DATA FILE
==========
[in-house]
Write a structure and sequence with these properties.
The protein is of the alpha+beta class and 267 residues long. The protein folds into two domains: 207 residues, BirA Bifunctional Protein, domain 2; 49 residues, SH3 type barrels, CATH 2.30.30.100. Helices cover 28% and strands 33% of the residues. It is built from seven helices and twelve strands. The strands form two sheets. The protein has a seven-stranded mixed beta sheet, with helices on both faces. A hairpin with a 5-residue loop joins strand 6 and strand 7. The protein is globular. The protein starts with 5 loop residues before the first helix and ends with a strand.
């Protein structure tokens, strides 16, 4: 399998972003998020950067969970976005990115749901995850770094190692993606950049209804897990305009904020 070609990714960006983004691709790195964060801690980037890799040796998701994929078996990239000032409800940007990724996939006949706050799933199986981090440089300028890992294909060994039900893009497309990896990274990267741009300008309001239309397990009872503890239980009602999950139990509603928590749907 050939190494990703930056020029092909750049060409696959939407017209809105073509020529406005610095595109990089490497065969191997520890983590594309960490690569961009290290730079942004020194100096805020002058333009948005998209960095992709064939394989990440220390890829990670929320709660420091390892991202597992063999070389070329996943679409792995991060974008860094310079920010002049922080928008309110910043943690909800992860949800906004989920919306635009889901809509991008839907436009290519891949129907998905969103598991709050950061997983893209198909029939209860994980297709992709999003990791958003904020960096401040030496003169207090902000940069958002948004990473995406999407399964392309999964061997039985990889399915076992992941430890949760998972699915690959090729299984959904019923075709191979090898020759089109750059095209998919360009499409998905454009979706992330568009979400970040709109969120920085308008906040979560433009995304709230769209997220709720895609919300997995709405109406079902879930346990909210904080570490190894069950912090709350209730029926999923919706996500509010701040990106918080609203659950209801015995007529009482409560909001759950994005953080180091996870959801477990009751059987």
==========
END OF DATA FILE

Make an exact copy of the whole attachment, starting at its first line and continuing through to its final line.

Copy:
[in-house]
Write a structure and sequence with these properties.
The protein is of the alpha+beta class and 267 residues long. The protein folds into two domains: 207 residues, BirA Bifunctional Protein, domain 2; 49 residues, SH3 type barrels, CATH 2.30.30.100. Helices cover 28% and strands 33% of the residues. It is built from seven helices and twelve strands. The strands form two sheets. The protein has a seven-stranded mixed beta sheet, with helices on both faces. A hairpin with a 5-residue loop joins strand 6 and strand 7. The protein is globular. The protein starts with 5 loop residues before the first helix and ends with a strand.
């Protein structure tokens, strides 16, 4: 399998972003998020950067969970976005990115749901995850770094190692993606950049209804897990305009904020 070609990714960006983004691709790195964060801690980037890799040796998701994929078996990239000032409800940007990724996939006949706050799933199986981090440089300028890992294909060994039900893009497309990896990274990267741009300008309001239309397990009872503890239980009602999950139990509603928590749907 050939190494990703930056020029092909750049060409696959939407017209809105073509020529406005610095595109990089490497065969191997520890983590594309960490690569961009290290730079942004020194100096805020002058333009948005998209960095992709064939394989990440220390890829990670929320709660420091390892991202597992063999070389070329996943679409792995991060974008860094310079920010002049922080928008309110910043943690909800992860949800906004989920919306635009889901809509991008839907436009290519891949129907998905969103598991709050950061997983893209198909029939209860994980297709992709999003990791958003904020960096401040030496003169207090902000940069958002948004990473995406999407399964392309999964061997039985990889399915076992992941430890949760998972699915690959090729299984959904019923075709191979090898020759089109750059095209998919360009499409998905454009979706992330568009979400970040709109969120920085308008906040979560433009995304709230769209997220709720895609919300997995709405109406079902879930346990909210904080570490190894069950912090709350209730029926999923919706996500509010701040990106918080609203659950209801015995007529009482409560909001759950994005953080180091996870959801477990009751059987």